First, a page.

I get  to go to New York, see old writer friends, enjoy the giddiness of the winners. The food is pretty good for hotel fare.

So, how do you hold an Edgar Awards in our times of social distancing? It wasn’t easy. Margery led a great team who live streamed the event as the awards were announced. You can find the winner’s lovely acceptance speeches on YouTube if you type in Edgars 2020.

My sister Kelly, who produces the videos every year, put together a touching tribute to Mary Higgins Clark. Click here to see it.

We are in the process of putting together a special edition program book that will be mailed out to nominees, winners and MWA members.

The only thing missing was…us. I missed the human touch. I missed seeing friends. I missed seeing the faces of the nominees. I missed hearing the tribute to this year’s Grand Master Barbara Neely. I missed hearing the winners’ speeches. I didn’t miss the high heels.

We’ll all be back with each other next year. For now, go here to read the Edgar Award nominees and winners. Buy their books. Then, get busy on writing your own. I am going to try very hard to do that.


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About PJ Parrish

PJ Parrish is the New York Times and USAToday bestseller author of the Louis Kincaid thrillers. Her books have won the Shamus, Anthony, International Thriller Award and been nominated for the Edgar. Visit her at

21 thoughts on “The Edgars…In Absencia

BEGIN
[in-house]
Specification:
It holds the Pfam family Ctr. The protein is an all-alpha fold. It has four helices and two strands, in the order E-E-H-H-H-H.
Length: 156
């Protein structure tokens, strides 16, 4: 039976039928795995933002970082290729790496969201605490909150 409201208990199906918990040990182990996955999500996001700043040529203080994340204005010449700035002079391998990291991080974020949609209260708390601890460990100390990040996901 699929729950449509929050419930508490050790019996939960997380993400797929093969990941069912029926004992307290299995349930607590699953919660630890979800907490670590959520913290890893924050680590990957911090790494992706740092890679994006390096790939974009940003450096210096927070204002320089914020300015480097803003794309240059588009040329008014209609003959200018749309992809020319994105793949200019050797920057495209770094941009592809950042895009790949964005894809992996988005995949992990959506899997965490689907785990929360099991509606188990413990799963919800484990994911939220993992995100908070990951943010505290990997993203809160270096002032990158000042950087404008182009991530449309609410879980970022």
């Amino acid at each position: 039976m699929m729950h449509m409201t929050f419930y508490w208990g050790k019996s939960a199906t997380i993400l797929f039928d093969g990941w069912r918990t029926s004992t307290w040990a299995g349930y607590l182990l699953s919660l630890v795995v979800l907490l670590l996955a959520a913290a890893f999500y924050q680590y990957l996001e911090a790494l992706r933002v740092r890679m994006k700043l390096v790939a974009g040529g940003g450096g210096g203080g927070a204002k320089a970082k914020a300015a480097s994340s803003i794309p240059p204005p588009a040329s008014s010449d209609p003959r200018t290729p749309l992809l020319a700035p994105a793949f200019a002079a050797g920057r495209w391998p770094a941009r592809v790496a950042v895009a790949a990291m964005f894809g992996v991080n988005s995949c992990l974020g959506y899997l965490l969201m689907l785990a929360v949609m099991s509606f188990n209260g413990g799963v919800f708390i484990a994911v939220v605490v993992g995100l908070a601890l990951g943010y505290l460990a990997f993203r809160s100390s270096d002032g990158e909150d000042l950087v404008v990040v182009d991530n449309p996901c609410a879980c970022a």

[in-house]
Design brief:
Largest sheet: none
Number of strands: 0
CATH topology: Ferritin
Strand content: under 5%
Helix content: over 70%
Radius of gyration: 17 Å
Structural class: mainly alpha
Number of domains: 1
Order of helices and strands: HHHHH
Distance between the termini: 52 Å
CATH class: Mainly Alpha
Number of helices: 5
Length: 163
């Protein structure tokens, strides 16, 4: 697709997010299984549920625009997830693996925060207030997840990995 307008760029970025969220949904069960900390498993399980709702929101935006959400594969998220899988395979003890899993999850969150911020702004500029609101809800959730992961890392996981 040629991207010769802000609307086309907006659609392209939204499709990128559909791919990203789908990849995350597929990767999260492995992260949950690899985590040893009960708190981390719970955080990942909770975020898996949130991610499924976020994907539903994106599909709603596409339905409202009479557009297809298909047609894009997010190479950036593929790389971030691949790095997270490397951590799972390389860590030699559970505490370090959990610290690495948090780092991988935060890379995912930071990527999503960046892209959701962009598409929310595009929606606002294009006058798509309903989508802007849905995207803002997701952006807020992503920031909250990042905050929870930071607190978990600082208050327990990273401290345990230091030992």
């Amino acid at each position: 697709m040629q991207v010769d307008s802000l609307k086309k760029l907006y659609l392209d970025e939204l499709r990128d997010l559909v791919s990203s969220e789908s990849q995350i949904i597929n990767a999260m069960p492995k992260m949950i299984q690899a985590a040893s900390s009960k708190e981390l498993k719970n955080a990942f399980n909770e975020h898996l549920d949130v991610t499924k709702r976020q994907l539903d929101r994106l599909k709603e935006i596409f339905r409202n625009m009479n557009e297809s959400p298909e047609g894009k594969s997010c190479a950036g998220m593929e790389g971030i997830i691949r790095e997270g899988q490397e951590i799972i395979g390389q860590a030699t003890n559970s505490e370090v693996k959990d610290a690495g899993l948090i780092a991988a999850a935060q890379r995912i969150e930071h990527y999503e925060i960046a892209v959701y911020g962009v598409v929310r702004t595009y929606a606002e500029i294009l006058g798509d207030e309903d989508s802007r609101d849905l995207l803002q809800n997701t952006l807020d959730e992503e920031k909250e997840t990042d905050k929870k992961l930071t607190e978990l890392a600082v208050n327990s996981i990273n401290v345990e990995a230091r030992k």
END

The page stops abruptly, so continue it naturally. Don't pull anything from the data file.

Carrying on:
1. Kristy, thanks for the behind-the-scenes insights.

    As someone on the outside, looking in, I’ve got a question about MWA. (I’m sorry if this question doesn’t fit here, but I think it’s a question a number of us wannabe-published authors on KZB might have.)

    I’ve not joined MWA, because it seems from the website that I’d be a second class citizen, that I’d even be a second class citizen after I self-publish and sell a few books. (What I like about SinC and Guppies is that everyone is a first-class citizen, even men.)

    Is that right? Is there reason to give MWA my $$?

    • I understand your issue here, Eric. MWA (through its board) has grappled with this for at least the last decade. There are basically two categories of membership: Active (professional writers) and Associate open to allied fields (agents, editors, librarians etc). In the bad old days of vanity press, the lines were clear. You got active membership only if you were published by a traditional publisher (who have to meet certain criteria on royalties, advances, etc). But the self-publishing revolution meant the old system wasn’t reflecting the new realities of publishing. So a couple years back (I don’t know exactly when; haven’t been on the MWA board since the 90s.) the board changed the Active rules to include self-published authors. Basically, you had to show income of 5K in one year.

      Here’s the exact rule:

      So yes, self-published folks can qualify. Professional, by definition, is getting paid for your work. At this point, self-pubbed books are not eligible for Edgars, but the discussion is ongoing.

      Whether you feel shelling out hard-earned money, that’s a different question. Does this answer your question?

      • Thanks, this helps.

        There’s now also the category of “affiliate membership.” It may be that the ff is the only difference now in terms of member bennies: “Only Active status members may vote, hold office, and serve on Edgar® committees in MWA.”